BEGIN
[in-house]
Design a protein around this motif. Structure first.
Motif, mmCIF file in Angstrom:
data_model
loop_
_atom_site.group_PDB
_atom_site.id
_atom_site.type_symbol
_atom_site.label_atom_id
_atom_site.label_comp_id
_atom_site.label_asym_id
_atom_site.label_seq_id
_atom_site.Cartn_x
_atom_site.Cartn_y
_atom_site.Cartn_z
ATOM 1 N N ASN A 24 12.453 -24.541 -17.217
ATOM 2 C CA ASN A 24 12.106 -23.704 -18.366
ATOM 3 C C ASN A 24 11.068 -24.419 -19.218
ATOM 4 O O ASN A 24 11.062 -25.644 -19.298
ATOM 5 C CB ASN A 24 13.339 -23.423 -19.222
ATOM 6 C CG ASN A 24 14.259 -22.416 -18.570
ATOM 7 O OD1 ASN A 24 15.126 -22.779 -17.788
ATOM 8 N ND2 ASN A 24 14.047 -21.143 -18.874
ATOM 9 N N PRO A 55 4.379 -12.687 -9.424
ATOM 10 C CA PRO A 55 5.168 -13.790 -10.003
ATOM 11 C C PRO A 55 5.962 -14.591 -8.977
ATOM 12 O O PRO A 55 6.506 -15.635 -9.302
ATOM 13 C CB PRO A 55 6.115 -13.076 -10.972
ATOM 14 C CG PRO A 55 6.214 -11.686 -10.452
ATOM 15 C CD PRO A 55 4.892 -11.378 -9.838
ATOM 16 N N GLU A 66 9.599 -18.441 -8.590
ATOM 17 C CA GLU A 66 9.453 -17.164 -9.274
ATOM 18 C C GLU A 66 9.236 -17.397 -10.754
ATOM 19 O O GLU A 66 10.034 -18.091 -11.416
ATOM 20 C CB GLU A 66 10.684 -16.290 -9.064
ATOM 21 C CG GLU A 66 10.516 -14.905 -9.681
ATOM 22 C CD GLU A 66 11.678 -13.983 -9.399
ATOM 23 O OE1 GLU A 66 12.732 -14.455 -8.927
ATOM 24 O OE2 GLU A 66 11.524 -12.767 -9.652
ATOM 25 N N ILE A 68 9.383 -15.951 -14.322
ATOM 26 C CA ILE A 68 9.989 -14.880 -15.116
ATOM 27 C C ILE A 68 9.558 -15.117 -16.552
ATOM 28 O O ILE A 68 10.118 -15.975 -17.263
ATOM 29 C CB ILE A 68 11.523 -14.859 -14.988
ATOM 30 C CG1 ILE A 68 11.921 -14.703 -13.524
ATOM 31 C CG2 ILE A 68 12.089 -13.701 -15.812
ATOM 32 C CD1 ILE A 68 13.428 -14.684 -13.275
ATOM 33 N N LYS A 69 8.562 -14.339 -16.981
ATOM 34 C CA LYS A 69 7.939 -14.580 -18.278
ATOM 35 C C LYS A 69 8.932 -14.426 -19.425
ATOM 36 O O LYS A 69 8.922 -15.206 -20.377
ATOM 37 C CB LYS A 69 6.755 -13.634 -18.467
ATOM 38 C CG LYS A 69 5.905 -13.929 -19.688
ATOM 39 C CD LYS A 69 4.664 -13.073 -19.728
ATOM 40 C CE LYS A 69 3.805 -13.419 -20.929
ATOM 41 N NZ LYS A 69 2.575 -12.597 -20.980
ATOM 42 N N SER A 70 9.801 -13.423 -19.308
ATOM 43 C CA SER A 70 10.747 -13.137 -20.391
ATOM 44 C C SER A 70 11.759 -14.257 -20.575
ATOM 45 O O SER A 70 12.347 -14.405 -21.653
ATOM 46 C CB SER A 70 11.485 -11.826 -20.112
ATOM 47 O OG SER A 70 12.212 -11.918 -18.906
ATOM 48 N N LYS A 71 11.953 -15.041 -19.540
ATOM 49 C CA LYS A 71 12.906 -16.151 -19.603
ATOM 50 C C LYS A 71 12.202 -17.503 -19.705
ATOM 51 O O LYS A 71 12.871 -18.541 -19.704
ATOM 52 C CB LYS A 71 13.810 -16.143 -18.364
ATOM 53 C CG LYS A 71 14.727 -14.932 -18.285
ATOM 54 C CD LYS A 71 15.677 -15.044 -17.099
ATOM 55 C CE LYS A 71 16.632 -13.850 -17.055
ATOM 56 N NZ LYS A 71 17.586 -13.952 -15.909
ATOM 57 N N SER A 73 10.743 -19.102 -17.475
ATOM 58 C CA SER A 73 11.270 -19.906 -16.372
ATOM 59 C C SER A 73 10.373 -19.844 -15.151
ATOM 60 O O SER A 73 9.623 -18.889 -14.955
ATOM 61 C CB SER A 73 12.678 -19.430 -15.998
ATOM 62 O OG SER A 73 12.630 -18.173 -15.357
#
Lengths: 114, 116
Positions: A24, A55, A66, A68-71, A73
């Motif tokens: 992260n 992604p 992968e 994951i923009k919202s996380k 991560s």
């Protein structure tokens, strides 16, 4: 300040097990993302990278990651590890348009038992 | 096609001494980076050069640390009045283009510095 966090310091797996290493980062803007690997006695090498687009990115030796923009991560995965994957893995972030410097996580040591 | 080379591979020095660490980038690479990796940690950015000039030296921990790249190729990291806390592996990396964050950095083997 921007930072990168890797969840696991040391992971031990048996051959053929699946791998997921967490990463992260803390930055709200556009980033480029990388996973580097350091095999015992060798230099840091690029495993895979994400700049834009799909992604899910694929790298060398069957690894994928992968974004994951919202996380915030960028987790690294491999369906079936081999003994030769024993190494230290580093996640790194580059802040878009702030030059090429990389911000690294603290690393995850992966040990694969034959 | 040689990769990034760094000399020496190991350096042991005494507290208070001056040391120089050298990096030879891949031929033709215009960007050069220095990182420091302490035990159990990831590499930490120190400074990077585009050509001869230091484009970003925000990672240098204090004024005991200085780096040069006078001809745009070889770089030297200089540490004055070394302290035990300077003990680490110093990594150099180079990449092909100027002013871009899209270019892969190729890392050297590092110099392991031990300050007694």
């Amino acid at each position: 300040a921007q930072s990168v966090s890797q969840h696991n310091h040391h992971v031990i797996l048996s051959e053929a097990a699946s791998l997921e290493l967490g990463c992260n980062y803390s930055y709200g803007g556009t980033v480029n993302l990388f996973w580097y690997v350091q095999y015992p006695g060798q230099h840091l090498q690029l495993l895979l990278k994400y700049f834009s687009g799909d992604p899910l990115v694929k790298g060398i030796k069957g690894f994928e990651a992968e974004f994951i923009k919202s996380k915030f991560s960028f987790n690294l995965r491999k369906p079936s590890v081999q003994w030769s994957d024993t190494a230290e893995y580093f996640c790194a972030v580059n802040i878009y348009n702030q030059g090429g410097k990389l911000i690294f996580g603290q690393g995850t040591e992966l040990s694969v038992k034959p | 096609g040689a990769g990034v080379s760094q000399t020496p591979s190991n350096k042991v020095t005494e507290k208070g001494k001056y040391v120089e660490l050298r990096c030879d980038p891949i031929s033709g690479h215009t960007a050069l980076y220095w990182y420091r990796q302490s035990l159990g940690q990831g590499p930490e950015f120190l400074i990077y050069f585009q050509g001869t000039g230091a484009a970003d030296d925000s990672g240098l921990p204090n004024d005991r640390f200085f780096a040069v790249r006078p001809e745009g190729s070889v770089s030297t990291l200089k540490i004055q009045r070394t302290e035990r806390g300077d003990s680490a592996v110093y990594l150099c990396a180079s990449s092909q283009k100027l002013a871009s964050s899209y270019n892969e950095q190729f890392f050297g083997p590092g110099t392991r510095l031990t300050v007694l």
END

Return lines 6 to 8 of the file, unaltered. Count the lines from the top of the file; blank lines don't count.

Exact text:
_atom_site.group_PDB
_atom_site.id
_atom_site.type_symbol